Different Types of Will

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In our previous blog, we discussed the importance of having a Will to ensure that the contents of your estate are distributed according to your wishes after you die. In this article we cover the different types of Will available.

Single Wills
Whilst the name may suggest this is the most suitable Will for people who are not in a relationship or divorced, that isn’t necessarily the case. Whilst single people can make a single Will, you can also make one if you are married, in a civil partnership or a relationship.

A single Will is usually the best option if your partner already has their own Will or if your wishes are different to those of your partner/spouse.

Mirror Wills
Mirror Wills are often a cost-effective solution for couples, married or not, who have almost identical wishes and are often beneficiaries of each other’s Wills should the other die first.

While the main contents of the Wills ‘mirror’ each other, two separate documents are produced, one for each person, providing the added flexibility to include a few personal requests within, such as if you have different funeral preferences.

One important feature of a mirror Will is that either person can change their Will without the other person knowing, even after the first person has died, meaning you cannot be certain of the other person’s wishes staying the same as yours.

If you have concerns about this happening, or if your wishes change to those of your partner, then a single Will may be the better option.

Mutual Wills
Like mirror Wills, mutual Wills are comprised of two separate documents. However, they include a promise that the survivor will not make any changes later.

Joint Wills
A joint Will is one single document signed by both parties. They often leave everything to the surviving partner, with further instructions on who is to inherit the estate once the second partner dies. Like mutual Wills, the surviving partner cannot make changes to the Will.

Conditional or Contingent Wills
With Conditional or Contingent Wills, the contents within are only valid if certain conditions are met. A common example is the beneficiary reaching a certain age. Should the conditions of the Will not be met, the estate will be distributed as if there were no Will, unless the person has another Will that can be used in place of the Conditional or Contingent Will.

Living Wills
Whereas standard Wills come into play upon your death, a living Will comes into force whilst you are still alive. They can be created in addition to a standard Will. They are useful for those who fear they may not be of sound mind at some point in the future, perhaps due to a degenerative illness, such as Alzheimer’s. Rather than setting out what happens to your estate after you die, a living Will details your wishes for future care, for example, your resuscitation or blood transfusion preferences. By law, medical professionals are required to adhere to a living Will should you require treatment.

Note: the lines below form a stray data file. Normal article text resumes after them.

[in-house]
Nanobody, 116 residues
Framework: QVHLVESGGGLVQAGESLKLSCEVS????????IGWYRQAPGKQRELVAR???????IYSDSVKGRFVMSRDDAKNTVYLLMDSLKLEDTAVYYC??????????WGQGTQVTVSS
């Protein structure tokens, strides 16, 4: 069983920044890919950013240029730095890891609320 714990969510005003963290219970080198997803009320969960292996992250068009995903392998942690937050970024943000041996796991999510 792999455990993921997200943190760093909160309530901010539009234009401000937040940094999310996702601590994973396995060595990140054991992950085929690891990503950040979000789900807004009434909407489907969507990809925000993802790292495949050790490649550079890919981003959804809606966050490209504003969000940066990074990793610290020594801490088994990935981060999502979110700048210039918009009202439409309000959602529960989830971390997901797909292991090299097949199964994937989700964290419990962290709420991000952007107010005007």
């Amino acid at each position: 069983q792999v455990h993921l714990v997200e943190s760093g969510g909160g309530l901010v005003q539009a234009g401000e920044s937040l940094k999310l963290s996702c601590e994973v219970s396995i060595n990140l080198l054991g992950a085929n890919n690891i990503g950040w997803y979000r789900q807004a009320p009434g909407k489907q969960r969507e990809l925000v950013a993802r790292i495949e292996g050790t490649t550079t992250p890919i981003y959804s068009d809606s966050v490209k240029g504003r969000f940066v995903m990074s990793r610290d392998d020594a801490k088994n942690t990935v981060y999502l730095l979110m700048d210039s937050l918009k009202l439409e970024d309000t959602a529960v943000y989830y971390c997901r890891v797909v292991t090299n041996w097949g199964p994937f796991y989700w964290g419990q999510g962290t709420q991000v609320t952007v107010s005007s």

Video Wills
A video Will allows a person to verbally explain how they wish the contents of their Will to be distributed. Whilst a video Will alone may not be accepted in many countries, they can be used as a supplementary tool if the person wishes to explain in more detail the emotions behind their decisions and to also prove they were of sound mind at the time their Will was written if there is a chance that there may be a challenge to the Will contents after they die.

Trust Wills
There are also several different types of trust Wills, which will be covered in a later article.

For further advice, please speak to your Finura Partners adviser.

The Financial Conduct Authority (FCA) does not regulate Will Writing/Trusts/Tax Advice or Estate Planning.

This material has been prepared for informational purposes only, and is not intended to provide, and should not be relied on for, tax, legal or accounting advice. You should consult your own tax, legal and accounting advisors before engaging in any transaction.

Furthermore, this article contains links to external sources of information which we believe you will find useful. However, we are not responsible for the content or integrity of any external websites and, as such, accept no liability for any viruses or malware connected to those sites and any resultant damage caused.

Sources: https://www.co-oplegalservices.co.uk/media-centre/articles-jan-apr-2017/wills-solicitor-explains-the-different-types-of-wills-trust-wills/
https://www.first4lawyers.com/personal-law/making-a-will/different-types-of-wills/
www.attorneys.com/wills-trusts-and-probate/types-of-wills

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